History

The Auckland District Law Society was formed on 28 March 1879. A meeting of twenty three practitioners was held at the Supreme Courthouse at Auckland convened by F.M.P. Brookfield and Frederick Whitaker who were elected Vice President and President respectively.

The Society was initially “The Law Society of the District of Auckland” until 1974 when it became the Auckland District Law Society and more recently with the passing of the Lawyers and Conveyancers Act 2006 the Auckland District Law Society Incorporated was formed. The New Zealand Law Society continues to handle regulatory and disciplinary matters on behalf of the legal profession.

ADLS is incorporated under the Incorporated Societies Act 1908 and the Rules ensure the organisation of around 4,000 voluntary members is positioned as the “Independent Voice of Law” carrying out collegial and representative responsibilities for its members. 

Sir Fred Whitaker, KCMG

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On 28 March 1879 Frederick Whitaker was elected the first President of ADLS in a meeting attended by 23 practitioners at the Supreme Court. He was 67 years old.

Whitaker was an English-born, New Zealand politician who served twice as Prime Minister of New Zealand and six times as Attorney-General.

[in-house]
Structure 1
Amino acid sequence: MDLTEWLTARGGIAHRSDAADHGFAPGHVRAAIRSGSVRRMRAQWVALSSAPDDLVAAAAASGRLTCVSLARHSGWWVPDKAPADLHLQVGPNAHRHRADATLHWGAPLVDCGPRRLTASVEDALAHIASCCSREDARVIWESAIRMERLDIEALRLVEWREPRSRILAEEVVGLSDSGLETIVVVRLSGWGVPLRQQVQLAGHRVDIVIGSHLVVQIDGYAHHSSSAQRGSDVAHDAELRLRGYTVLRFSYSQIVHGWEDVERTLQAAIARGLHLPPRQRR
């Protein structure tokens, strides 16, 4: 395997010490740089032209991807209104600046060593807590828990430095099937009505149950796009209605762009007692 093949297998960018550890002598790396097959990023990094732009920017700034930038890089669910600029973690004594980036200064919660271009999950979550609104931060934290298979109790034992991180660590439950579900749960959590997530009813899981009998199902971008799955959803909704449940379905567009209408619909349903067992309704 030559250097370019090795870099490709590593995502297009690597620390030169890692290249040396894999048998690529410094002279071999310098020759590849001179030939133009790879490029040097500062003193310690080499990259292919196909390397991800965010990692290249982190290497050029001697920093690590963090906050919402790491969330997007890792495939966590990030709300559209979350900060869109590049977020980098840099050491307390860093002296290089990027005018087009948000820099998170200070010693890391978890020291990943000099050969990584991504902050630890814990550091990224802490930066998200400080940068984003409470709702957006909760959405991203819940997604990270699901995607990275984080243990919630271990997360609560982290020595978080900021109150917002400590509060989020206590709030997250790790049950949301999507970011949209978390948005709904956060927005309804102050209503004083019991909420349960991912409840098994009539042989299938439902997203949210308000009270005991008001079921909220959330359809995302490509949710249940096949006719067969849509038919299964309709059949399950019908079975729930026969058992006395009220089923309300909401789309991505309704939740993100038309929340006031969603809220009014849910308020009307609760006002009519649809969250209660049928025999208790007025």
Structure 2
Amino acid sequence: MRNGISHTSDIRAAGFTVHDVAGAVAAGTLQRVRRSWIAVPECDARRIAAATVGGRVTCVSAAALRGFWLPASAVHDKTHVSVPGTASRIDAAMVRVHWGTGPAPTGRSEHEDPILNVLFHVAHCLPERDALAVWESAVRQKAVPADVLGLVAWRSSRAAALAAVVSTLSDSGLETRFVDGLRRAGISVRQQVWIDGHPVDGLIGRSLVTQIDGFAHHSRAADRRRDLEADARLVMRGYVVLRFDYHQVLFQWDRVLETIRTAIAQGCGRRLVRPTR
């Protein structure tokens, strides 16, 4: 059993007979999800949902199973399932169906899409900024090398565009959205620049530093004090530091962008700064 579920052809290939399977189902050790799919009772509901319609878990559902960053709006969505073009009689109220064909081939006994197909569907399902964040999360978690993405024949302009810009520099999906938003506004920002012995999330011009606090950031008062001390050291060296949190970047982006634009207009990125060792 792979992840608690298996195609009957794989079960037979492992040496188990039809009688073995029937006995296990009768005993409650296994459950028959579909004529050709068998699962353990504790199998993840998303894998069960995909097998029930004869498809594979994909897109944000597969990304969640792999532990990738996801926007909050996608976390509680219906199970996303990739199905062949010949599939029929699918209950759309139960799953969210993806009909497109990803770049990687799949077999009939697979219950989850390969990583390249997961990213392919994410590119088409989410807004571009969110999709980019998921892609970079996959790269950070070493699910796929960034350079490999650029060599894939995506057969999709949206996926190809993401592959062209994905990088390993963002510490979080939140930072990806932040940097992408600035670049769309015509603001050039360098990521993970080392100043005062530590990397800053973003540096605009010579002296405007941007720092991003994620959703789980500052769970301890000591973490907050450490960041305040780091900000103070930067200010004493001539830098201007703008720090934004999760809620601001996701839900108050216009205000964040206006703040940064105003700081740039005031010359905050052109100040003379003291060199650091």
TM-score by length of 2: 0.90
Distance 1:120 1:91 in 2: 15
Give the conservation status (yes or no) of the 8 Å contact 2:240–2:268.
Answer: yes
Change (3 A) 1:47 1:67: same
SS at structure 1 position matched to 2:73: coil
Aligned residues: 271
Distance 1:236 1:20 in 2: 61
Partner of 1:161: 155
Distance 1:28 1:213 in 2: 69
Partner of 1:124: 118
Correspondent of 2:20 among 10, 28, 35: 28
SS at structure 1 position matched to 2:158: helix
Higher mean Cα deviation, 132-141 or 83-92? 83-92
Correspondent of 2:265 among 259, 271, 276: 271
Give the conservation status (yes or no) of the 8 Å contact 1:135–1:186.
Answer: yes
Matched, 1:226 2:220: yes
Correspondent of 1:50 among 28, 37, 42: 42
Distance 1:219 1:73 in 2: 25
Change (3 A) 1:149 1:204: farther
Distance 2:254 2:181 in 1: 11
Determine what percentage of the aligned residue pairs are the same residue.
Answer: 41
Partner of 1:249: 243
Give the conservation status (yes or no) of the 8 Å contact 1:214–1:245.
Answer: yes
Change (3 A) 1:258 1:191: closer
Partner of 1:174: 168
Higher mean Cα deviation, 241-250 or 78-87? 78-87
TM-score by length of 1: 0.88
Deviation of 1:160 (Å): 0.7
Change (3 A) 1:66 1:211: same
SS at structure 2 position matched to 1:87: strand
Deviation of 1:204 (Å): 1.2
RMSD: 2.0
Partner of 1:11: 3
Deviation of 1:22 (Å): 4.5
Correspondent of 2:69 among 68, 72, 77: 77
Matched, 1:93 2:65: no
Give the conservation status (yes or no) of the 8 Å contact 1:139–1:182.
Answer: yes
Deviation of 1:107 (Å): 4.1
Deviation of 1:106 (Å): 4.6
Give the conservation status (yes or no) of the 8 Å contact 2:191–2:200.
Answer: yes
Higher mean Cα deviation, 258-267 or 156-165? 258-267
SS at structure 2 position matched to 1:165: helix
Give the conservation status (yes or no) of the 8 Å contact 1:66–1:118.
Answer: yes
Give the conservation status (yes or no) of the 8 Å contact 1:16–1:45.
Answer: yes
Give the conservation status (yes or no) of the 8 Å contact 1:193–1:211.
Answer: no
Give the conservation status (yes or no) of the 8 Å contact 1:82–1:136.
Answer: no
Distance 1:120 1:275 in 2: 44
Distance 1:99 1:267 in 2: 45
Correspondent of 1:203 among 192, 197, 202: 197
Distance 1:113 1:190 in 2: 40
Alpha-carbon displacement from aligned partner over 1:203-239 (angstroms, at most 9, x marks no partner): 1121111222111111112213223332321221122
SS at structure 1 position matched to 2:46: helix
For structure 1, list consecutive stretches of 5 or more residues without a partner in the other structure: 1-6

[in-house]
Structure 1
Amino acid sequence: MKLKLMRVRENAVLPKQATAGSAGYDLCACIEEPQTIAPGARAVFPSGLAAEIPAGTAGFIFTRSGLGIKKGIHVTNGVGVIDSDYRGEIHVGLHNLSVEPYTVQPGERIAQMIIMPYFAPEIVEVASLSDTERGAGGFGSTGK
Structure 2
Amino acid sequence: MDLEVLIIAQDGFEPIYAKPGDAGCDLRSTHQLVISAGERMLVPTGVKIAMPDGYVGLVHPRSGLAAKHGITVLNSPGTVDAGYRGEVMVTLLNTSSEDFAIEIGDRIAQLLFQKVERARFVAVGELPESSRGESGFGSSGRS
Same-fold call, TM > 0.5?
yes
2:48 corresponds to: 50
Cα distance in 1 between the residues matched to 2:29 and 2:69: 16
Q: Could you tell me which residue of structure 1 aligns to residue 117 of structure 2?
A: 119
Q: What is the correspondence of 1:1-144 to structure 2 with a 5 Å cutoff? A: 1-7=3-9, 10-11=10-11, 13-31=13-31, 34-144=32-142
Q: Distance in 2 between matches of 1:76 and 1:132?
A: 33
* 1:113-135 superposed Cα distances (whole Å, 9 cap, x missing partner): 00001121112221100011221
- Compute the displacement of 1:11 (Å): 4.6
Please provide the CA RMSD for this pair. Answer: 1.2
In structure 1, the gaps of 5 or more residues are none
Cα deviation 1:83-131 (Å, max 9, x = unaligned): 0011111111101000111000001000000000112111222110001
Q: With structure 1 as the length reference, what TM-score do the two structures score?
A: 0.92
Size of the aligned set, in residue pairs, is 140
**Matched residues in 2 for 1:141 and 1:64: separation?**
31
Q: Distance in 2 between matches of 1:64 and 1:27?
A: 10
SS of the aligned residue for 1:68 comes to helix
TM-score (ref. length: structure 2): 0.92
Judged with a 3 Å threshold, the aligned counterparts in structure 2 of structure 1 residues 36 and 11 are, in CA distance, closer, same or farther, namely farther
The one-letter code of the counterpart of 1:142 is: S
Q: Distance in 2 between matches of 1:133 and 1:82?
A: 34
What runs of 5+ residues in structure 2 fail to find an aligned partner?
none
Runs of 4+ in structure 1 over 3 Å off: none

He had arrived from England aged 28 in 1840 and began to practise law in Kororareka but transferred to Auckland when the seat of Government transferred in 1841. Politics, law and finance characterised his career.

Whitaker was at various times a member of the Legislative Council and Speaker in 1855 and 1856, Superintendent of Auckland, and later a member of the House of Representatives.

In 1861 he entered a legal partnership with Thomas Russell and together they founded the Bank of New Zealand. Whitaker was the epitome of the colonial merchant prince, being a man of many enterprises and considerable fortune. But the Depression of the 1880s almost ruined him and he died in 1891 “in straitened circumstances”.

Upon his death the New Zealand Herald offered that Whitaker had been “a colonist, a lawyer, a mining and land speculator, a member of the Provincial and Colonial legislatures and Premier”. They should have added that he was a colourful and distinguished President of the Law Society from its formation 135 years ago.

William Spring,
Former ADLS councillor